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“I buy on the assumption that they could close the market the next day and not reopen it for five years.”

— Warren Buffett

The Warren Buffett investment philosophy calls for a long-term investment horizon, where a five year holding period, or even longer, would fit right into the strategy. How would such a strategy have worked out for an investment into Altria Group Inc (NYSE: MO)? Today, we examine the outcome of a five year investment into the stock back in 2016.

Start date: 03/17/2016


End date: 03/16/2021
Start price/share: $62.33
End price/share: $49.44
Starting shares: 160.44
Ending shares: 209.93
Dividends reinvested/share: $14.00
Total return: 3.79%
Average annual return: 0.75%
Starting investment: $10,000.00
Ending investment: $10,380.67

As we can see, the five year investment result worked out as follows, with an annualized rate of return of 0.75%. This would have turned a $10K investment made 5 years ago into $10,380.67 today (as of 03/16/2021). On a total return basis, that’s a result of 3.79% (something to think about: how might MO shares perform over the next 5 years?). [These numbers were computed with the Dividend Channel DRIP Returns Calculator.]

Notice that Altria Group Inc paid investors a total of $14.00/share in dividends over the 5 holding period, marking a second component of the total return beyond share price change alone. Much like watering a tree, reinvesting dividends can help an investment to grow over time — for the above calculations we assume dividend reinvestment (and for this exercise the closing price on ex-date is used for the reinvestment of a given dividend).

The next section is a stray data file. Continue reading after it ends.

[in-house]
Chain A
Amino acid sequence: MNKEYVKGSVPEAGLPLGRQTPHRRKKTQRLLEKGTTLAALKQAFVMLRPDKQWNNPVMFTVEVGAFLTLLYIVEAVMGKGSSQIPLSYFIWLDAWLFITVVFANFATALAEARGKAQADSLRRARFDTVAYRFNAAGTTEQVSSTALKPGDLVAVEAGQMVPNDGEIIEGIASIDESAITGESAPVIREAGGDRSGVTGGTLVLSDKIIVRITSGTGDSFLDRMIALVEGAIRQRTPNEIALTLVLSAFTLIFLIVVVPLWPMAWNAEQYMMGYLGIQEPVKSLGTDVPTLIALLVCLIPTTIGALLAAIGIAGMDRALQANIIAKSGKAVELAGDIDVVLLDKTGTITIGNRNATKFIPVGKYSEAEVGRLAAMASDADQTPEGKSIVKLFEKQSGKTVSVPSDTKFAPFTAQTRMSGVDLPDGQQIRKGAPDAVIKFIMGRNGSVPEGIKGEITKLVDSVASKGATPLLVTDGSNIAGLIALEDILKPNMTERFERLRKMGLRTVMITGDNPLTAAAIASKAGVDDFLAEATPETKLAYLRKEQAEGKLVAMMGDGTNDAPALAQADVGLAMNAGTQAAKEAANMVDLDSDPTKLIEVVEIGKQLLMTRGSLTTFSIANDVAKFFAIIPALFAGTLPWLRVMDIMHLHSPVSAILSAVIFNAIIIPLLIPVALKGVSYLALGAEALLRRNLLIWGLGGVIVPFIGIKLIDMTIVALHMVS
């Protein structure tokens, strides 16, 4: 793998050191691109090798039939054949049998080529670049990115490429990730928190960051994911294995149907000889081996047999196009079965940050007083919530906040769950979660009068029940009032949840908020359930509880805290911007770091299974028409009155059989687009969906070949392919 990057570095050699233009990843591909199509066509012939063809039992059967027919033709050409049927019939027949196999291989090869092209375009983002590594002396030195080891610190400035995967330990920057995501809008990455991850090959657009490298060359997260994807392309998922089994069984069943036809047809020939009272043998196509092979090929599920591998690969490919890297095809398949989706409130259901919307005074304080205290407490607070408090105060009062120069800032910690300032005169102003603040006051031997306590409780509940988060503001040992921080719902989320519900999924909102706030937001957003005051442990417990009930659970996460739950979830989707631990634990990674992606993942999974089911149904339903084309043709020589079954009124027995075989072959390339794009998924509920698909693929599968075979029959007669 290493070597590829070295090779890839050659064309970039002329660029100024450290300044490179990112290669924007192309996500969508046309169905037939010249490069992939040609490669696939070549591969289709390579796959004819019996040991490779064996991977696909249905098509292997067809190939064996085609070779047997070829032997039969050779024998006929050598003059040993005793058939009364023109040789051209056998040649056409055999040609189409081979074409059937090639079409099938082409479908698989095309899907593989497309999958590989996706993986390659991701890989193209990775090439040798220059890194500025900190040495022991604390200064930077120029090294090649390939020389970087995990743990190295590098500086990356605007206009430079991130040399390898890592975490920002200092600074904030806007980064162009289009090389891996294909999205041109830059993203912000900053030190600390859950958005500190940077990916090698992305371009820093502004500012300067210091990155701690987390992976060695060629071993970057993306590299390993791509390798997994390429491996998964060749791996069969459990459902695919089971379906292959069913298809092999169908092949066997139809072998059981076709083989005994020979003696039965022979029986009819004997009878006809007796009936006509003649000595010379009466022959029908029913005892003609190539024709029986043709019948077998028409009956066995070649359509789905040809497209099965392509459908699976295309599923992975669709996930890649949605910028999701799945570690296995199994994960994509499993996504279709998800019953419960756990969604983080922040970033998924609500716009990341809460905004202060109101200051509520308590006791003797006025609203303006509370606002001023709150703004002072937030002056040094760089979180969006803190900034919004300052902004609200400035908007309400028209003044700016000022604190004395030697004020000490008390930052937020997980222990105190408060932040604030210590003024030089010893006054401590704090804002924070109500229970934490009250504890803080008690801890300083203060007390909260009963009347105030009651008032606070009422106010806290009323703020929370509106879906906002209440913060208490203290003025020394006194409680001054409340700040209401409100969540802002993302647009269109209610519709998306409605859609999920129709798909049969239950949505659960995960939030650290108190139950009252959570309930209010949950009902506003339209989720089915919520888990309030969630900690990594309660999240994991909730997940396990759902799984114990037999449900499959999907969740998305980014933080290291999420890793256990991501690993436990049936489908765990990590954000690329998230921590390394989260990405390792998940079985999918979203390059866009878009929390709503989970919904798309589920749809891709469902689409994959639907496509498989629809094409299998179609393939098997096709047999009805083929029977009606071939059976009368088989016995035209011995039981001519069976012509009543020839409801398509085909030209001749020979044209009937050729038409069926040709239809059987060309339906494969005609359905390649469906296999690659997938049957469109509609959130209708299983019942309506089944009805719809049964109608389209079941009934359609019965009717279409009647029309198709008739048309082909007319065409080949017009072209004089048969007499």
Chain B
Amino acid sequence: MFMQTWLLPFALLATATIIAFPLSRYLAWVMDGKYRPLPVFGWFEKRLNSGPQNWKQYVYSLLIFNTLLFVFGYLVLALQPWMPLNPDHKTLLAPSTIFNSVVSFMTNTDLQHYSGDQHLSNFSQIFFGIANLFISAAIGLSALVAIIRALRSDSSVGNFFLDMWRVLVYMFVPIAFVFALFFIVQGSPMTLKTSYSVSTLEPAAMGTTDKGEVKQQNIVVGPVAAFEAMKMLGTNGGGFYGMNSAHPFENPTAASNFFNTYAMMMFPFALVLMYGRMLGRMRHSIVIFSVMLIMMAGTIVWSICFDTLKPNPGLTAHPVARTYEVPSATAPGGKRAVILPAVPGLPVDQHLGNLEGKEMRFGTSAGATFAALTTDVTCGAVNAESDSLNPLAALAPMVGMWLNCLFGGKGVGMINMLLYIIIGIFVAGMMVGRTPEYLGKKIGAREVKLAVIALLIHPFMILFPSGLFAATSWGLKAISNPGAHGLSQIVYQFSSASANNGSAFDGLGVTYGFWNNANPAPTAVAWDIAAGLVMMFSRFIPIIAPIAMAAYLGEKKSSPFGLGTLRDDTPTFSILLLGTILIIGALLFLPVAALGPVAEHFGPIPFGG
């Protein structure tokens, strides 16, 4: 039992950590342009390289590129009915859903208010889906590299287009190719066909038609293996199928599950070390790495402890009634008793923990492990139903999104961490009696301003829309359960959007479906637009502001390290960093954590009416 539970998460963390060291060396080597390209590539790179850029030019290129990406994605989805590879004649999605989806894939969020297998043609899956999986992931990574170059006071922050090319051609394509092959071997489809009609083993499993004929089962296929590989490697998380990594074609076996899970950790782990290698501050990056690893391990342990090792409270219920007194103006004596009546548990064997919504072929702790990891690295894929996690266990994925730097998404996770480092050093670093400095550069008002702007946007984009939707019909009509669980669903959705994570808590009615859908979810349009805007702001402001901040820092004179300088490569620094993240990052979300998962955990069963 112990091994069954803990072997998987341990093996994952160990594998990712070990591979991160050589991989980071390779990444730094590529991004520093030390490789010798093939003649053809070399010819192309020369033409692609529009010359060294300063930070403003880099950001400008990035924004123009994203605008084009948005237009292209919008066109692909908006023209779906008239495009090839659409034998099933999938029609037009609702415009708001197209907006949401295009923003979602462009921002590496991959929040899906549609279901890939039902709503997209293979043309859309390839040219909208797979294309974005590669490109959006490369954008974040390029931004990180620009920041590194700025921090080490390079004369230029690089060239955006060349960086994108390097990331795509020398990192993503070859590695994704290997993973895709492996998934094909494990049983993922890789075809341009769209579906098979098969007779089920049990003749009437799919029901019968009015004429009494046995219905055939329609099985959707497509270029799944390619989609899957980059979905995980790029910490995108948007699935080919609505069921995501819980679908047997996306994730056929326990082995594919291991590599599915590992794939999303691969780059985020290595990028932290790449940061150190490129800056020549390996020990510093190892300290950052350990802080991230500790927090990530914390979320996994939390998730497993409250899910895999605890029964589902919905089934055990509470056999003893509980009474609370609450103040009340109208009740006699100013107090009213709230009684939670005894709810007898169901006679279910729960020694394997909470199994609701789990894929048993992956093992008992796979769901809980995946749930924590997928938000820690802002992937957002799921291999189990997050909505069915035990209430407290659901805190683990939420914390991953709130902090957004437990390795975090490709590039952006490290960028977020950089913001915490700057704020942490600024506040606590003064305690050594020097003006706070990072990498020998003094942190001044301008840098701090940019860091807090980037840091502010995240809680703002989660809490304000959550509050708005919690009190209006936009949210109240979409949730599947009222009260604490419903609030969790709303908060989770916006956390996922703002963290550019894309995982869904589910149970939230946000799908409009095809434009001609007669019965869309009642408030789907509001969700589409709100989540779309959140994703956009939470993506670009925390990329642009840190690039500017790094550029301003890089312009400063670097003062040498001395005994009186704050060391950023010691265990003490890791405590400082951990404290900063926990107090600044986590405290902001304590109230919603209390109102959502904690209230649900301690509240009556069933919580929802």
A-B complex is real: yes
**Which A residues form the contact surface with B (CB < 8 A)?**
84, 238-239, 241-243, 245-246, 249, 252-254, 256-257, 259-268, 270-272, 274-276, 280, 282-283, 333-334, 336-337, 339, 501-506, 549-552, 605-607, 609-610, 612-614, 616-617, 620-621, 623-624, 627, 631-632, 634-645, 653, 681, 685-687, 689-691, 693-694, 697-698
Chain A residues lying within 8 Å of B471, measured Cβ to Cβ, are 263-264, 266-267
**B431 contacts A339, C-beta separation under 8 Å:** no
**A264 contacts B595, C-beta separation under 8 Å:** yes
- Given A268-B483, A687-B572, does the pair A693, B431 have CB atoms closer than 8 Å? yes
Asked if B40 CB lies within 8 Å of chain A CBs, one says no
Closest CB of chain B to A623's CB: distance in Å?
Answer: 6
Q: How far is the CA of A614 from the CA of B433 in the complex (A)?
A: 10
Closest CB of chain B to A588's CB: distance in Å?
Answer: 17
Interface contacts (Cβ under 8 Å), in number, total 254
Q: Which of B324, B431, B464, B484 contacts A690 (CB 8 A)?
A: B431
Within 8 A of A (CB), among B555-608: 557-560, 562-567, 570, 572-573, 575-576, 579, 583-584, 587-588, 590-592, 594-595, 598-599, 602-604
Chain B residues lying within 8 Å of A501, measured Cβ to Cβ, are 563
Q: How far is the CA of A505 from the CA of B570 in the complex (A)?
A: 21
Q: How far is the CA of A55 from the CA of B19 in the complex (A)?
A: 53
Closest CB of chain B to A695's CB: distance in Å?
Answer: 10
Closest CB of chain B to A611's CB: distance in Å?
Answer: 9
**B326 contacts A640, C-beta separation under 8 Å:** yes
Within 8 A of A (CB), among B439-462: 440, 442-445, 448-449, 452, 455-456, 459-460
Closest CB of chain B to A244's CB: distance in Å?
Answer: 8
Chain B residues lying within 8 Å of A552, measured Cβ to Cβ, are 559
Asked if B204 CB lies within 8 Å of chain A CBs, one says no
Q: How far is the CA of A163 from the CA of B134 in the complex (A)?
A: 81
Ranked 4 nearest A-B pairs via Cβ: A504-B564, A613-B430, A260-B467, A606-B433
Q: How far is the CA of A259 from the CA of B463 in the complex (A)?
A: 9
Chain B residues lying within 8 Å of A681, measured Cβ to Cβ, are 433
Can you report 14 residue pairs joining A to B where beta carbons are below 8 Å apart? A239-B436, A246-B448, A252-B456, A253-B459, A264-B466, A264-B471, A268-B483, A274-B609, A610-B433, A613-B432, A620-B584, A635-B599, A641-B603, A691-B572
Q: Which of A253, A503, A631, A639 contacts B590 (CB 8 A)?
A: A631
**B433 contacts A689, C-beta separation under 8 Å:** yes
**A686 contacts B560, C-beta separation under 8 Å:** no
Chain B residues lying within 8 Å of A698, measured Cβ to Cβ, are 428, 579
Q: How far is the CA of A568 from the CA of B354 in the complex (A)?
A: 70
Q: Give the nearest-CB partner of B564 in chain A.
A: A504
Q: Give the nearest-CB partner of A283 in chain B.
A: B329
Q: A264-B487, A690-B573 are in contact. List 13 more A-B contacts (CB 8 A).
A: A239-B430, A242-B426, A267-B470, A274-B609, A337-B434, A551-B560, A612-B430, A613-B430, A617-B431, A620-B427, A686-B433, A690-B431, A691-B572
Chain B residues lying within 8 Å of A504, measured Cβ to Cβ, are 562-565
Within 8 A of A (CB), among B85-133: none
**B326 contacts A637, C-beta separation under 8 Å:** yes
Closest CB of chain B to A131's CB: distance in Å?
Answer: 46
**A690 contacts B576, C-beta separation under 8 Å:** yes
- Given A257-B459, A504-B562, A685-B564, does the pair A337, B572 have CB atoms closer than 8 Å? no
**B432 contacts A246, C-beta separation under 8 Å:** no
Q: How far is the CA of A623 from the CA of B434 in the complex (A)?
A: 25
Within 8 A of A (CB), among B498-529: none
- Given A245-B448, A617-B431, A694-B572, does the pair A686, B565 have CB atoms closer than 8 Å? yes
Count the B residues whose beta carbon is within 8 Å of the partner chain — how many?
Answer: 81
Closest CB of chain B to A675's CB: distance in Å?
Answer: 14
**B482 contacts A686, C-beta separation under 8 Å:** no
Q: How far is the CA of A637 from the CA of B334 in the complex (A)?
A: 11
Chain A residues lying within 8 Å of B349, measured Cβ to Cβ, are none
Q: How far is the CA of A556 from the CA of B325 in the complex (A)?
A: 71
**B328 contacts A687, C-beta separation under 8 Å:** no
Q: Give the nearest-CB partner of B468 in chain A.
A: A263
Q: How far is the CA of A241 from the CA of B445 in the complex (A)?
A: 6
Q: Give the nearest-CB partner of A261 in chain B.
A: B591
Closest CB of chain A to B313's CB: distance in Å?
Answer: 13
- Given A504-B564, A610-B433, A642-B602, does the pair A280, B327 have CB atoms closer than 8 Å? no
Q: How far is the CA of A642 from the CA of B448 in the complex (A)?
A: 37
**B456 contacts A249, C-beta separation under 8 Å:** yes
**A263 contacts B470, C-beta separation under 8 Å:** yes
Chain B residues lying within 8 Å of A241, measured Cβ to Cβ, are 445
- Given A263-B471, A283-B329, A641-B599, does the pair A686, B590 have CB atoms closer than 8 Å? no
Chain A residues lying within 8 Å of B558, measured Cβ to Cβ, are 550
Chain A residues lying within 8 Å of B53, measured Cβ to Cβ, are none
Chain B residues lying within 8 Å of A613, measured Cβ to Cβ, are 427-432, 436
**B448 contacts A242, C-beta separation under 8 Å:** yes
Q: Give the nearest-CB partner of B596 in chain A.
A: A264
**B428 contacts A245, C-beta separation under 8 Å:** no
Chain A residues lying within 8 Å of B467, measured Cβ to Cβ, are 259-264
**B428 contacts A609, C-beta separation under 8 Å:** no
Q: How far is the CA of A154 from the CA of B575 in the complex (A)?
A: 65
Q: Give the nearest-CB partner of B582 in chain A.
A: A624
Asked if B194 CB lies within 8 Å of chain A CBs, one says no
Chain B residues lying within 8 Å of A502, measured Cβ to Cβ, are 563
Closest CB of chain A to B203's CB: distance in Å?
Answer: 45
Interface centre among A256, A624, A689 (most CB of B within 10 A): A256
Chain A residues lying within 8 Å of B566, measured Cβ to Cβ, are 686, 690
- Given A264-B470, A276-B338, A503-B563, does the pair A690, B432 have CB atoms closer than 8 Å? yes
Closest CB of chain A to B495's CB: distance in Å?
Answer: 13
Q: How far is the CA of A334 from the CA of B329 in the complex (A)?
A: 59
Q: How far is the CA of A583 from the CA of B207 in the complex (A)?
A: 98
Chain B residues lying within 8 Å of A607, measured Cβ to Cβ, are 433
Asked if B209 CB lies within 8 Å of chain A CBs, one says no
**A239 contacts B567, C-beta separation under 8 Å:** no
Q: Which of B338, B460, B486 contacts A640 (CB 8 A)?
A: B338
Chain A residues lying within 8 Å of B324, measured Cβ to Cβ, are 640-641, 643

Based upon the most recent annualized dividend rate of 3.44/share, we calculate that MO has a current yield of approximately 6.96%. Another interesting datapoint we can examine is ‘yield on cost’ — in other words, we can express the current annualized dividend of 3.44 against the original $62.33/share purchase price. This works out to a yield on cost of 11.17%.

One more investment quote to leave you with:
“I believe in the discipline of mastering the best that other people have ever figured out. I don’t believe in just sitting down and trying to dream it all up yourself. Nobody’s that smart.” — Charlie Munger